- 120,000 miles of driving. By comparison, a vehicle certified to the Federal Tier 2 Bin 5 California LEV II emissions standards currently in effect emits about 29 pounds over the same 120,000 miles. To achieve a PZEV rating, a vehicle must meet certain criteria, including:
- Meet the Super Ultra Low Emissions Vehicle (SULEV II) standards for tailpipe pollution
- Demonstrate zero fuel-based evaporative emissions
- The manufacturer’s warranty must ensure that emissions-related components are covered for 15 years or150,000 miles, whichever comes first(1)
- Weight of the actual cargo and occupant(s) carried by a vehicle
- Payload capacities are computed by subtracting the curb weight of the vehicle from its specified Gross Vehicle Weight Rating (GVWR)
- Addition of any optional equipment or passengers adds to the vehicle weight and subtracts from the allowable payload
- Trucks with a GVWR of Class 6 or higher calculate payload by simply subtracting the weight of the completed vehicle from the GVWR to determine payload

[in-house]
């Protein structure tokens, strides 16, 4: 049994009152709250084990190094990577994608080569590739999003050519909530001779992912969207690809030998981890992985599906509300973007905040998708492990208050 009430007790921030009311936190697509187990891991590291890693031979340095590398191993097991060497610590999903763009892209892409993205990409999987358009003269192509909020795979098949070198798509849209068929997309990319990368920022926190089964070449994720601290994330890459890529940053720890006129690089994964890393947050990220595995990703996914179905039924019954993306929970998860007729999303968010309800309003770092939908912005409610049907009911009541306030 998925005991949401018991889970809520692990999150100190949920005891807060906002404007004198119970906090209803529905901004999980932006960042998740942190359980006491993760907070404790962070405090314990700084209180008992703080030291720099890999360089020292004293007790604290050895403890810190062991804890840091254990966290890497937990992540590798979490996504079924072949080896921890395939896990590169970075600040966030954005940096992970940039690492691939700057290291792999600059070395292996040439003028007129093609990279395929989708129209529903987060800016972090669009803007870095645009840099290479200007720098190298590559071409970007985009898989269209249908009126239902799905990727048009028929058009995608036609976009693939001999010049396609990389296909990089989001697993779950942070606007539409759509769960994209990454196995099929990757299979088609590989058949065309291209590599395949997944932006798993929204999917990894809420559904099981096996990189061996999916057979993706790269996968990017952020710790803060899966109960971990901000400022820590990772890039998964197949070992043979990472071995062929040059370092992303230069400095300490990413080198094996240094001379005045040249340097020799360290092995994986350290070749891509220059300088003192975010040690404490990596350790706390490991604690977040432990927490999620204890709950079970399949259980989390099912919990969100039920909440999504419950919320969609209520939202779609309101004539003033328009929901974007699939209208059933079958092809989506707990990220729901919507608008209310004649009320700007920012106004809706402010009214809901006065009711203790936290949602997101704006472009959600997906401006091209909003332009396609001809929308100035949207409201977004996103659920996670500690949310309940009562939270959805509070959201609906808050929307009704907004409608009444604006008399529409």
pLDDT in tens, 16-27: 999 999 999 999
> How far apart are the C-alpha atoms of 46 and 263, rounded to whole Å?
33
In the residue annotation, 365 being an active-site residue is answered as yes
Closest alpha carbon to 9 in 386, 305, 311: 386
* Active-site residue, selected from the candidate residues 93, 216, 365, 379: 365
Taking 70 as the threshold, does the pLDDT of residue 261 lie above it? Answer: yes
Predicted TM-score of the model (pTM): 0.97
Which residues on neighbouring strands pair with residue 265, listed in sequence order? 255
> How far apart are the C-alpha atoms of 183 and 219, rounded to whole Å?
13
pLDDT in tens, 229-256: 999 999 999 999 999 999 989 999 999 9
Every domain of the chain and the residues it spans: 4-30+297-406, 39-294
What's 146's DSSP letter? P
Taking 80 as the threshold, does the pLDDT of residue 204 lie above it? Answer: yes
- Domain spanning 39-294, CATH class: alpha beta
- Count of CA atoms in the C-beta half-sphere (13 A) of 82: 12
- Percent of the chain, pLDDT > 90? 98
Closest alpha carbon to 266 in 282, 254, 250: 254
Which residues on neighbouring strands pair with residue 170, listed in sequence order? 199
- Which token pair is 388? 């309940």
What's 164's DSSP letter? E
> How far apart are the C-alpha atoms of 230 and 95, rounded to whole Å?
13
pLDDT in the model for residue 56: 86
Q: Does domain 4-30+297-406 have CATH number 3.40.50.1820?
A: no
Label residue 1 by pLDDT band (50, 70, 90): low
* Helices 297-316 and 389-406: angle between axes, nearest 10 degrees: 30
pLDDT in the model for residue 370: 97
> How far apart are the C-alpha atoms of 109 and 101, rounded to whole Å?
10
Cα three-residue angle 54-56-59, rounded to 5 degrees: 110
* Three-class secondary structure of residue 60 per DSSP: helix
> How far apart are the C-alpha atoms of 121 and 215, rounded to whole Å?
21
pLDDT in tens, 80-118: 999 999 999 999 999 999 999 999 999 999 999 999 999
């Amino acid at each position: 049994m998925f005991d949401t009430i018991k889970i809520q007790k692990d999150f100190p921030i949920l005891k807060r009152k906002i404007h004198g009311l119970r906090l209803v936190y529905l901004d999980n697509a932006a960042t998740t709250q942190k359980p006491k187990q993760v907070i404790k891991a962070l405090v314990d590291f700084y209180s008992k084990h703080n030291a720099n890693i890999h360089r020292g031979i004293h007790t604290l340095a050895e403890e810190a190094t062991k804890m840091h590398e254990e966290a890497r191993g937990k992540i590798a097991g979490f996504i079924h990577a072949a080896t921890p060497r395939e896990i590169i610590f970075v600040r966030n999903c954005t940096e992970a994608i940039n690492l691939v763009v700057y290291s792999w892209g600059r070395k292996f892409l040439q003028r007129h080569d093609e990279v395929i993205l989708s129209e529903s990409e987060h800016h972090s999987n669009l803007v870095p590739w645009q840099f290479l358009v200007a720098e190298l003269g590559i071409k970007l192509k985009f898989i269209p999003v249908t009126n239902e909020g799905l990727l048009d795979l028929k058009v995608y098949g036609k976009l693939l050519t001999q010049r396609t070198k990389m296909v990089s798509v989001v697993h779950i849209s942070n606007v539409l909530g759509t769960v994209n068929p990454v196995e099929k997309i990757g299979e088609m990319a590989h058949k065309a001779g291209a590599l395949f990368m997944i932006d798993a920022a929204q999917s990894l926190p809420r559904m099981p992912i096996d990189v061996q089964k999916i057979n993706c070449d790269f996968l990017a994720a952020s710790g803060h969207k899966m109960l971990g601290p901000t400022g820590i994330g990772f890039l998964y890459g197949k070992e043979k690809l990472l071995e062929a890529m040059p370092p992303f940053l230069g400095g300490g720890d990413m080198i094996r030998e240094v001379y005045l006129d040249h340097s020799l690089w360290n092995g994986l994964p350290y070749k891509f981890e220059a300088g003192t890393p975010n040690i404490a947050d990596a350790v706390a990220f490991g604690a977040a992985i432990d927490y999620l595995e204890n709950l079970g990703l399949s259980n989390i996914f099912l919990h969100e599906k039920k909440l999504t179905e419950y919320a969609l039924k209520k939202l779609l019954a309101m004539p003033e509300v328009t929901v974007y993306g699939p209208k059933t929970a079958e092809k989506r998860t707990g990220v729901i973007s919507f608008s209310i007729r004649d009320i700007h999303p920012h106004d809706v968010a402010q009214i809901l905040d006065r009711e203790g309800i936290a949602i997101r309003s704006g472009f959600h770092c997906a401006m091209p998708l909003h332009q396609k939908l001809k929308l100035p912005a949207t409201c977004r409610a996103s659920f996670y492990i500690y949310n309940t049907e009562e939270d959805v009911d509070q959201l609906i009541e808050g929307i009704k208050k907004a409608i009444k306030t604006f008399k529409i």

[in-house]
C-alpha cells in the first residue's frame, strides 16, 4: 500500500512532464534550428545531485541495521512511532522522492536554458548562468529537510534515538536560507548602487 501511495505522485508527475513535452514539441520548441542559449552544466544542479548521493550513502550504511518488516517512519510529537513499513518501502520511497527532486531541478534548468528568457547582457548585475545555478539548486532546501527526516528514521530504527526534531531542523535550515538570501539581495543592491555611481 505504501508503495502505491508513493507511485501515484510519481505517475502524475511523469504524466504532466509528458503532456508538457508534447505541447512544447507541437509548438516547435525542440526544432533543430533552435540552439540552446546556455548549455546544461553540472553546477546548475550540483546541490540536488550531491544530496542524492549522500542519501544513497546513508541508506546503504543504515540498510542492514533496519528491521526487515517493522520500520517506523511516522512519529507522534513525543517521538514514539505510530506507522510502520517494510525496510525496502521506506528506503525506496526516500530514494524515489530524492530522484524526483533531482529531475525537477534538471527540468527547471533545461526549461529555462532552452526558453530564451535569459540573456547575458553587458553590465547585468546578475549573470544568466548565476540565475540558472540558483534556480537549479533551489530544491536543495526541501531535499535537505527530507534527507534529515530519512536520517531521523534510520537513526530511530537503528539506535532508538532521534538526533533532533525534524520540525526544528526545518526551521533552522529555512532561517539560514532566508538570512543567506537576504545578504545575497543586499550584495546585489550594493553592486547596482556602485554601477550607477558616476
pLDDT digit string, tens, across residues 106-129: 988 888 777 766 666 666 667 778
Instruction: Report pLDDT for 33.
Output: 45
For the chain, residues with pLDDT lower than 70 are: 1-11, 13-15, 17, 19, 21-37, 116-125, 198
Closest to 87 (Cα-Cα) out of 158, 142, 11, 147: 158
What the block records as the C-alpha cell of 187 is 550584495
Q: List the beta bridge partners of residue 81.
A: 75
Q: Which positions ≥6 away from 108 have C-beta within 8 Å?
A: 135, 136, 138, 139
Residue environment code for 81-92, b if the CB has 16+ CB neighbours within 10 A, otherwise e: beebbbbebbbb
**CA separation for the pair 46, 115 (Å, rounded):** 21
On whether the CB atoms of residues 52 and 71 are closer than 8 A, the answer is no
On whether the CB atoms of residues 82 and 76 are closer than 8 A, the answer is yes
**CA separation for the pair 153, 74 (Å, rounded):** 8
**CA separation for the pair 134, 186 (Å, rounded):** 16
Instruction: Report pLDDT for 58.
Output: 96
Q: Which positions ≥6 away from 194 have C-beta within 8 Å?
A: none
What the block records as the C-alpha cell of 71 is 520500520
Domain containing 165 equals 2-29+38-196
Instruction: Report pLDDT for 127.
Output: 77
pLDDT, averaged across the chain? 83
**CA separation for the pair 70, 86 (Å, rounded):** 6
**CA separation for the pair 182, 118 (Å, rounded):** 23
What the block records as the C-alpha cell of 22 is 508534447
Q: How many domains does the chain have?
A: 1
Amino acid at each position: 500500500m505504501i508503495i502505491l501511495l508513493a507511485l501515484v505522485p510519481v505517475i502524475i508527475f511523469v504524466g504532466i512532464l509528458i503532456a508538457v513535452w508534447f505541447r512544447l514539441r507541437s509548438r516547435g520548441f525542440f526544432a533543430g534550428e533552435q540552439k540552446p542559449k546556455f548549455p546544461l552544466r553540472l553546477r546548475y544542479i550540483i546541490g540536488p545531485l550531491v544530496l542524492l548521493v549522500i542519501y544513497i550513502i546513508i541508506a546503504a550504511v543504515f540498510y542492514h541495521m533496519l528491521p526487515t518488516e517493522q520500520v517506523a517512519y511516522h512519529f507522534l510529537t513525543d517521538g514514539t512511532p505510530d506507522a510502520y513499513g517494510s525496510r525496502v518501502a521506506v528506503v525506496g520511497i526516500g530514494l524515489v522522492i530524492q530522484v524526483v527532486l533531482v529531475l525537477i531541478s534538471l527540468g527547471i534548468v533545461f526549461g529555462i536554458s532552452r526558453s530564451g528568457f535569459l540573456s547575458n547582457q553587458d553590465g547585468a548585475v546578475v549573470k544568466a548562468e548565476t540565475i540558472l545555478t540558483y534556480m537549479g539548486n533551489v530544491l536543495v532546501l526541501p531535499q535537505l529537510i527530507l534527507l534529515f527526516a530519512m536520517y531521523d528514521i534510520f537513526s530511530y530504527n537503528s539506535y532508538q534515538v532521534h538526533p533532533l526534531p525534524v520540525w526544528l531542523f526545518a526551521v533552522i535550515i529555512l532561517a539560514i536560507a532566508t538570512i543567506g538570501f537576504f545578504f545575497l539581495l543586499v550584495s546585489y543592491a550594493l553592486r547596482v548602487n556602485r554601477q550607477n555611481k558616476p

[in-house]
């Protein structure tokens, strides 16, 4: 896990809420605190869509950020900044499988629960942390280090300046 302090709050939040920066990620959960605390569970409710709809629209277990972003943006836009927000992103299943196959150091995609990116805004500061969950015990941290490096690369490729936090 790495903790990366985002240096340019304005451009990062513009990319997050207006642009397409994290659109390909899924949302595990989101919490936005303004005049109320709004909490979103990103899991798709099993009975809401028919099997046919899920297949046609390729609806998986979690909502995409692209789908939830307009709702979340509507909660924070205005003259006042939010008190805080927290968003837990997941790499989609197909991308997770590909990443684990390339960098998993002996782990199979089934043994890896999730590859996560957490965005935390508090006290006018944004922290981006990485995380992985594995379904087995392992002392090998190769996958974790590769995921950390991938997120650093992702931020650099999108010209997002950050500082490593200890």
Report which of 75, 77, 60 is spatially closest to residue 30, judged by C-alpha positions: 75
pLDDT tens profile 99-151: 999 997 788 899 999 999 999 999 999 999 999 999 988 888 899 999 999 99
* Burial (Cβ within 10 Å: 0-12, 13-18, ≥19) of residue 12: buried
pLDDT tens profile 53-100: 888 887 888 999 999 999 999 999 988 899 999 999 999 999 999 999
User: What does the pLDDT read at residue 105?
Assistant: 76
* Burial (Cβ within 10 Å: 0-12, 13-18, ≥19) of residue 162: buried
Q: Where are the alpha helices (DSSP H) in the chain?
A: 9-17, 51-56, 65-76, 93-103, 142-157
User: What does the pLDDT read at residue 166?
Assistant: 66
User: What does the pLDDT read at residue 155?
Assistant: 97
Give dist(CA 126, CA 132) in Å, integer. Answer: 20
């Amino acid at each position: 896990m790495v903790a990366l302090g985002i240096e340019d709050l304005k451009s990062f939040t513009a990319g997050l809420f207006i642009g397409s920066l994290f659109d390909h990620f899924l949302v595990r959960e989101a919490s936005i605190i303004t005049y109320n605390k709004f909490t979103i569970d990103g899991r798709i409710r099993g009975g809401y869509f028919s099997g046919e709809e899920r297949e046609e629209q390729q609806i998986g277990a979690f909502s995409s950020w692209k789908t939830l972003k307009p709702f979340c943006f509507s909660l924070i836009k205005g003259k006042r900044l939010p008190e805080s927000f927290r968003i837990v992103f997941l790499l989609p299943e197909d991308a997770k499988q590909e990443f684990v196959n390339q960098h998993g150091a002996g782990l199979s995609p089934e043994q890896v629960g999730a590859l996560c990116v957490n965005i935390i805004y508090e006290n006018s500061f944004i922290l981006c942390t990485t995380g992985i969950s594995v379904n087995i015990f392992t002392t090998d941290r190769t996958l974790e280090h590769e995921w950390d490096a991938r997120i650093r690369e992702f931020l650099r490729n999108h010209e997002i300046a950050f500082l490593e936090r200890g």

Pillars are the vertical beams that support the roof and separate passenger compartment windows. A-pillar — First, or most forward, roof support pillar located on either side of the windshield. Also known as “windshield pillar” or “A-post” B-pillar — Center roof support that divides the front and rear doors on 4-door and wagon models. On2-door models, the B-pillar separates the door and rear quarter window/panel. On vans and wagons, the B-pillar is behind the front doors C-pillar — Rear roof supporting member on most vehicles. On CUVs/SUVs, this pillar separates the rear doors and quarter panel glass D-pillar — Vertical, or sometimes diagonal, roof support member at the extreme rear of the roof or greenhouse structure on mini vans, CUVs/SUVs and some sedan body styles
- Cylindrical component, closed at one end, and attached to the crankshaft by a connecting rod
- The force of an explosion in the cylinder’s combustion chamber forces the closed end of the piston down, causing the connecting rod to move the crankshaft
- Rotation along an imaginary lateral or transverse axis situated between the front and rear wheels of a vehicle causing the vehicle to move up or down on the side-to-side axis.
- Often, during hard braking, the vehicle’s nose will pitch down — this is called “dive” or “diving”
- During acceleration, the rear of the vehicle’s pitch is lower. This motion is called “squat” or “squatting”
Chamber between the throttle body and the passages of an intake manifold used to help promote the even
distribution of the intake charge and to enhance airflow and engine performance.